Building Double-Loop Organizations for Member Engagement and Innovation


I’m going to explore the idea of “double-loop” governance, with some ideas and some suggestions as to why you might want to consider this form of governance as the heart of the physical or virtual organization (or network, or corporation) you plan to start or hope to change.

Below, you will discover how a double-loop governance scheme brings the values, the vision, and the underlying assumptions of an organization into an open and transparent decision cycle.  This decision process is characterized by distributed (shared) participation and control, free and informed choices, public testing of evaluations, and an ability to manage conflict on the surface of discussion threads.

Members in an organization with double-loop governance have the ability to redirect, refocus, and recommit to the values and the vision of their organization. Double-loop governance creates peers for a peer-to-peer network. Because of this, membership is well-defined, and provided with responsibilities and rewards.

Double-loop organizations tend towards meritocracies and value contributions over clout (or Klout). Because decision-making—to the level of deciding underlying assumptions—is distributed rather than top-down, double-loop organizations depend on double-loop learning (and Model II theories-in-use). Contributions to decisions and work toward goals (software code contributions, etc.) can be used to measure the value of members, and to reward their service.  The vectors for acquiring merit are ideally well-described and collectively fashioned. A great example of this is StackExchange (http://stackexchange.com). Clay Shirky, in a recent talk (available at http://archive.org/details/drupalconchi_day2_keynote_clay_shirky), describes how StackExchange uses double-loop governance to engage its members. Double-loop organizations are better able to discover and reward emergent leadership and harvest the long-tail of community participation.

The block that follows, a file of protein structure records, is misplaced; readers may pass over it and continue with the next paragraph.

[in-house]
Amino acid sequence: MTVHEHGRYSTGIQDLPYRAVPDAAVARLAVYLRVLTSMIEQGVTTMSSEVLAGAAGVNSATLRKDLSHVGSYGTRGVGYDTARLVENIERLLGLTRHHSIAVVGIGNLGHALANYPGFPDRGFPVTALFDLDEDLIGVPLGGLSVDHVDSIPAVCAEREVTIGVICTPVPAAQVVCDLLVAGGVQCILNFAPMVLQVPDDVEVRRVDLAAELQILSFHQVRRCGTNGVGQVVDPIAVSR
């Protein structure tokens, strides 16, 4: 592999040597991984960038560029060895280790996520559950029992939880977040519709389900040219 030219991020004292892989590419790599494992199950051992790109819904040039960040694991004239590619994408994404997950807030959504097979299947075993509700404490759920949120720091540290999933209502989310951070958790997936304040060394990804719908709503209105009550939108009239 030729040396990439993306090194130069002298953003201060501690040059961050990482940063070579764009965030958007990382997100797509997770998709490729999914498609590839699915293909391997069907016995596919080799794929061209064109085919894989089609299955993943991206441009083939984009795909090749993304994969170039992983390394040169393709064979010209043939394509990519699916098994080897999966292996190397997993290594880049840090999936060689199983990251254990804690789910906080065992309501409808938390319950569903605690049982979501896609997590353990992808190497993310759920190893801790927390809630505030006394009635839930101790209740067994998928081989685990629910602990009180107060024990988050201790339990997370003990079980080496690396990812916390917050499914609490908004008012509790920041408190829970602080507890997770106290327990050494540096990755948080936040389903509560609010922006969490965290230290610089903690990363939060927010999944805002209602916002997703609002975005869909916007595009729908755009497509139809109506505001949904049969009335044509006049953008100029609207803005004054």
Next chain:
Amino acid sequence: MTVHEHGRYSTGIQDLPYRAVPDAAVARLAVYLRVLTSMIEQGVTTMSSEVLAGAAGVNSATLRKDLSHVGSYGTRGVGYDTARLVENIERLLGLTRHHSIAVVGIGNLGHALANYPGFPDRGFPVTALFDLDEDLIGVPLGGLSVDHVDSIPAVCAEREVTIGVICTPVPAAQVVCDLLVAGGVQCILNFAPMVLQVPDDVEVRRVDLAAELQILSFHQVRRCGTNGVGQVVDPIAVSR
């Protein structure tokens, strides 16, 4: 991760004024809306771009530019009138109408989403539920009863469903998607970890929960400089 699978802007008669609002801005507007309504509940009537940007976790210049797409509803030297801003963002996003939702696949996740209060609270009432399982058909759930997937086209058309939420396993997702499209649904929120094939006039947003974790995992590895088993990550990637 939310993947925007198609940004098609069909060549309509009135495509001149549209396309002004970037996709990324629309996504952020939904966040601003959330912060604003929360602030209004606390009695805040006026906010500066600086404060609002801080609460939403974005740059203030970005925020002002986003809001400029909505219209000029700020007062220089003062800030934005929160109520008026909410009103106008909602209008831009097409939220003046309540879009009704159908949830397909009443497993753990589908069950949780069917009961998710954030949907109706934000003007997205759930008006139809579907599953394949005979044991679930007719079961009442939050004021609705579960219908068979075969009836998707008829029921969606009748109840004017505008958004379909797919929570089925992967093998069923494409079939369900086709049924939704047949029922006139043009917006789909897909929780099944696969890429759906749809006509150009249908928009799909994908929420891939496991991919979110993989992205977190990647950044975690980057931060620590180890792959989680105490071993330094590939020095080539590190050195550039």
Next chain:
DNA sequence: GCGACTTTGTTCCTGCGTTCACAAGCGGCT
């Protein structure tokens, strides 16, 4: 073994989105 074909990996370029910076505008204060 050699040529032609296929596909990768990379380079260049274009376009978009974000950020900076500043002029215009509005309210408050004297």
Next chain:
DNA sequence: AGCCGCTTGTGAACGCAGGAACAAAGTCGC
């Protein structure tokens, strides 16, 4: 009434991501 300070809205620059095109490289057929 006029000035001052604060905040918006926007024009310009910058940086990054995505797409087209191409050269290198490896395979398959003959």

Much of the added value of a double-loop governed organization comes from the quality of interpersonal interactions, the extra amount of available trust, and the additional flexibility that distributed decision making provides. This value does not arrive without additional costs (which are described below). For ventures that are designed to solve a single problem and then end, these costs may not be appropriate. But for enterprises that hope to grow and flourish in today’s changing IT landscape, these costs are essential to sustaining any organization.

While notions of double-loop governance apply to various organizations, here I want to focus on virtual organizations/internet communities. These have some common features. They are created to solve a problem or problems, often problems of some real consequence. They rely on the voluntary contributions of experts. And they bridge between groups that may have diverse or divergent interests. Examples of these organizations/communities of which I am somewhat familiar (either personally or through other sources) include the W3C, Ubuntu Linux, Stack Exchange, the Open Geospatial Consortium, the Federation of Earth Science Information Partners, the National Science Digital Library, and the Digital Library for Earth System Education.

Some of these organizations are/were more successful in their governance efforts than others. Some of these examples no longer exist, in part because of their governance choices. Other authors have pointed to Apple Computer, the Valve Corporation (entertainment software makers), and Zappos (online shoe store) as good examples of culture-led corporations that use double-loop learning to pivot to new opportunities; and these provide some lessons on how double-loop management/governance can become an integral feature of a for-profit organization. The Valve Corporation Handbook for New Employees, First Edition (2012) welcomes new employees with this statement: “The company is yours to steer—toward opportunities and away from risks. You have the power to green light projects. You have the power to ship products” (p. 4). In full double-loop mode, the Handbook is also editable by employees, new and old: “This book is on the intranet, so you can edit it. Once you’ve read it, help us make it better for other new people. Suggest new sections, or change the existing ones” (p. viii).

The various examples show how spending the time and effort to become a double-loop governed organization is important for innovation, for volunteer engagement, and for sustainability (i.e., the why of double-loop governance). What follows are some thoughts on where the value of double-loop governance is found, and how to boot-strap and support double-loop governance for a new virtual organization.

It could be argued that single loop organizations and management were well suited for a time when the pace of innovation was much slower than today. The single goal of becoming more efficient in, and creating sustaining technologies for, the manufacturing of, say, automobiles or washing machines could carry a corporation for several decades. The pace of innovation within information technology now means that organizations need a new ability. They need to pivot to respond to external (disruptive) innovations, and they need to rethink their underlying assumptions to stay creative and innovative internally. These capabilities belong to the second loop of a double-loop organization.

References

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